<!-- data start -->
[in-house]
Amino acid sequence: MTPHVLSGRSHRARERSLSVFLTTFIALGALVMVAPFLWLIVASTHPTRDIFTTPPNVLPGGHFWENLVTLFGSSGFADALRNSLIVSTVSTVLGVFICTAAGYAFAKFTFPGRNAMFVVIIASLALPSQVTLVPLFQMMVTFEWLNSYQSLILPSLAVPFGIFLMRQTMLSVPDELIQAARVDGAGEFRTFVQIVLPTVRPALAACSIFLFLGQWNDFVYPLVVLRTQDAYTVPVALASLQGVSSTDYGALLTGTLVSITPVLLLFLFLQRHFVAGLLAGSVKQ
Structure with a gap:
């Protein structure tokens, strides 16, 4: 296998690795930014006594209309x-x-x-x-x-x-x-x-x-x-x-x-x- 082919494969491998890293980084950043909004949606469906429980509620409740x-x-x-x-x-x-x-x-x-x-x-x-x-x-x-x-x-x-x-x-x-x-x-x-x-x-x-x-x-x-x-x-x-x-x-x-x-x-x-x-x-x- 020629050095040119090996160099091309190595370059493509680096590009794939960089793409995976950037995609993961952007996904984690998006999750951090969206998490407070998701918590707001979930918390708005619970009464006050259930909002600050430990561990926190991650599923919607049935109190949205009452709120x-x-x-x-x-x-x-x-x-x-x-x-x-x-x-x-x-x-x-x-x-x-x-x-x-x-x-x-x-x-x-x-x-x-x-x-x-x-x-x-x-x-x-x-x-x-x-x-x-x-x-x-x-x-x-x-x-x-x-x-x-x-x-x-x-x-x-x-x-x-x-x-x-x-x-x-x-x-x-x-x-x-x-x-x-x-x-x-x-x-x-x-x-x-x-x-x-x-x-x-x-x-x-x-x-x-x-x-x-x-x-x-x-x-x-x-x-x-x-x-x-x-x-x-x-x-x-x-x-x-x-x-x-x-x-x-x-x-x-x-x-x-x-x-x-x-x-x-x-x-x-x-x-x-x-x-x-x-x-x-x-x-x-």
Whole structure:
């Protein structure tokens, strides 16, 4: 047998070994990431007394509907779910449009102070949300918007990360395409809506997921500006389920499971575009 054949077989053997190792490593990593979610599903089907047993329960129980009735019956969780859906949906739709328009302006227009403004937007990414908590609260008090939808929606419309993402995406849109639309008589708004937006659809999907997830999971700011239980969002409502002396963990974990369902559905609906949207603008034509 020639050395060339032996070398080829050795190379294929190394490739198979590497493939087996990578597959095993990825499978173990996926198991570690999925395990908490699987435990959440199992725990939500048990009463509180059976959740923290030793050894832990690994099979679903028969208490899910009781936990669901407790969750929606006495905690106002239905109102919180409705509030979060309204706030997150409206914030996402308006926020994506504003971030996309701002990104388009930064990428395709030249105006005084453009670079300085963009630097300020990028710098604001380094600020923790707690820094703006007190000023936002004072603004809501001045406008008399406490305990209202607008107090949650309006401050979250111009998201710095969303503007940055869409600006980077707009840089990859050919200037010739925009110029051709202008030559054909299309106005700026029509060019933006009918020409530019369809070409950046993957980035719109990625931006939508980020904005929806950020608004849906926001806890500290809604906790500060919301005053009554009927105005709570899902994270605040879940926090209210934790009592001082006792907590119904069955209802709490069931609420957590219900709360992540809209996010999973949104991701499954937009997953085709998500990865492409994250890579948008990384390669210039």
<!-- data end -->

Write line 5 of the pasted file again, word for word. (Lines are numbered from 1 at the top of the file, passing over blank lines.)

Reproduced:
Whole structure: